The theme occurs again shortly afterwards when Wotan makes a connection between Brünnhilde’s wisdom, and the freeing of the world. The next significant entry comes after Brünnhilde’s awakening, when she tells Siegfried: ‘What you would know, know it from me, for I am wise because I love you’. So, Brünnhilde’s wisdom flows directly from her love for Siegfried. Finally, when Brünnhilde’s fears overwhelm her, Siegfried offers reassurance: ‘Didn’t you tell me’ he says, ‘that all of your wisdom came by the light of your love for me?’ This is the phrase to which Cosima had been referring. Brünnhilde therefore is ‘made wise through love’; and isn’t that suspiciously close to being ‘made wise through compassion’, the distinguishing attribute of Parsifal? Remember Wagner’s words: ‘It must sound like the proclamation of a new religion’.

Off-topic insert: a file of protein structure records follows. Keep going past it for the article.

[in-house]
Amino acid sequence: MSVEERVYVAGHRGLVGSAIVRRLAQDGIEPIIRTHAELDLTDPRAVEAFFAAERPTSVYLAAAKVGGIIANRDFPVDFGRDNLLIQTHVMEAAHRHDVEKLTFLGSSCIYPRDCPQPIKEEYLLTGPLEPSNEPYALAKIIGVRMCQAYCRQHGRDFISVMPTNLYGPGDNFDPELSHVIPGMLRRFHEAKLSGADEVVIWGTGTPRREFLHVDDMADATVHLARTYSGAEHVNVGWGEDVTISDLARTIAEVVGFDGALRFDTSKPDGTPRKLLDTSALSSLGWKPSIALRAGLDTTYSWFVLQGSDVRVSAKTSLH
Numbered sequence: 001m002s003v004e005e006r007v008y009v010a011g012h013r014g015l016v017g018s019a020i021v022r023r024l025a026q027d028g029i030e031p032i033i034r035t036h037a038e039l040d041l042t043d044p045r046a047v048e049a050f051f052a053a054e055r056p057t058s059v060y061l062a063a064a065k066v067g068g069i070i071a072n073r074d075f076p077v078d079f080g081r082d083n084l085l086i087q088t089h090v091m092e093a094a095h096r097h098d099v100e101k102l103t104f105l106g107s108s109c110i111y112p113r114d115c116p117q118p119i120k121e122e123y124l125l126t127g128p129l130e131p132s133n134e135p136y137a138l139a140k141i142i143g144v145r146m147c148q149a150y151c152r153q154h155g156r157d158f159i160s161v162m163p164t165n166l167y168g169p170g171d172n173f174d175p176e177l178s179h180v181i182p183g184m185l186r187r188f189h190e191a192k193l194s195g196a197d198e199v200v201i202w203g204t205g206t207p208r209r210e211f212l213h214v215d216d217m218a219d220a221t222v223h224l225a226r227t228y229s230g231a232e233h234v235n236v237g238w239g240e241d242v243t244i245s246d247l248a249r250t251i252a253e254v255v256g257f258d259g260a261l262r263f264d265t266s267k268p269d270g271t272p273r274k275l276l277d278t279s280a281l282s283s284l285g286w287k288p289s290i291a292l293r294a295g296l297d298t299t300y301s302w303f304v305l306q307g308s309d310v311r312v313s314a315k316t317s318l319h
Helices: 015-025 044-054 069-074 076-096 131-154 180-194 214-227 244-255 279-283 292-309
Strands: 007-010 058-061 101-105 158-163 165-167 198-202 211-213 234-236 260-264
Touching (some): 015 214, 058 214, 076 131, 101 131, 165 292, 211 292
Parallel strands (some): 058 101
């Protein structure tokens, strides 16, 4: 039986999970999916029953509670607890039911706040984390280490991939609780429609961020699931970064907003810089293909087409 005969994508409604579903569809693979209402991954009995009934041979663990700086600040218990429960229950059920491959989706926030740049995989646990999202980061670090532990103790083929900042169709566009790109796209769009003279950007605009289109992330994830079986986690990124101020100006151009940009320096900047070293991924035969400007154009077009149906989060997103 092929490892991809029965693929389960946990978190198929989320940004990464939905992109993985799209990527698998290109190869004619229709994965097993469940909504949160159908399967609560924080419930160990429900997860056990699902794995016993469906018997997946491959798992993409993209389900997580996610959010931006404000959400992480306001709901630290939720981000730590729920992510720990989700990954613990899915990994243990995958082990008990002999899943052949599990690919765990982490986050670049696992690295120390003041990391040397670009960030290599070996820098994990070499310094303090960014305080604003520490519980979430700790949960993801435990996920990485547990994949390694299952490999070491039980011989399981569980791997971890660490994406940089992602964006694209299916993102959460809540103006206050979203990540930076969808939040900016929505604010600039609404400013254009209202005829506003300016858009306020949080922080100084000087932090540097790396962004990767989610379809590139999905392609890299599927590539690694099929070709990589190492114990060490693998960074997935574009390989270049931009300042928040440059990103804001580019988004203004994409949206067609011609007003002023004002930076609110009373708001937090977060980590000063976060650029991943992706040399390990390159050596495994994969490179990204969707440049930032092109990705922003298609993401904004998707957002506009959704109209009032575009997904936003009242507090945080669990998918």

A better-known Buddhist connection with the Ring came with Wagner’s 1856 version of the closing scene of Götterdämmerung, which was written contemporaneously with the sketch for Die Sieger and within months of the first sketch for Parsifal. In this, Brünnhilde proclaimed her redemption from the endless cycle of suffering and rebirth. Cosima commented that some of the language in the 1856 text sounded rather artificial, and so Wagner changed his mind about setting them. In the margin of the orchestral sketch we read: ‘Enough! Anything to please Cosel!’ More to the point, he sensed that a symphonic orchestral passage would be more effective in bringing the whole cycle to a close. In his 1872 definitive edition of the poem, he offered an explanation for not setting all of the words, which were, nevertheless, still printed as a footnote: ‘The musician had in the end’ he said, ‘in the act of composition, to sacrifice this passage, as its meaning is already conveyed with the greatest precision in the musical expression of the drama’. So, far from denying the Buddhist imagery, he affirmed it; for, as he told Cosima, ‘only music can convey the mysteries of reincarnation’.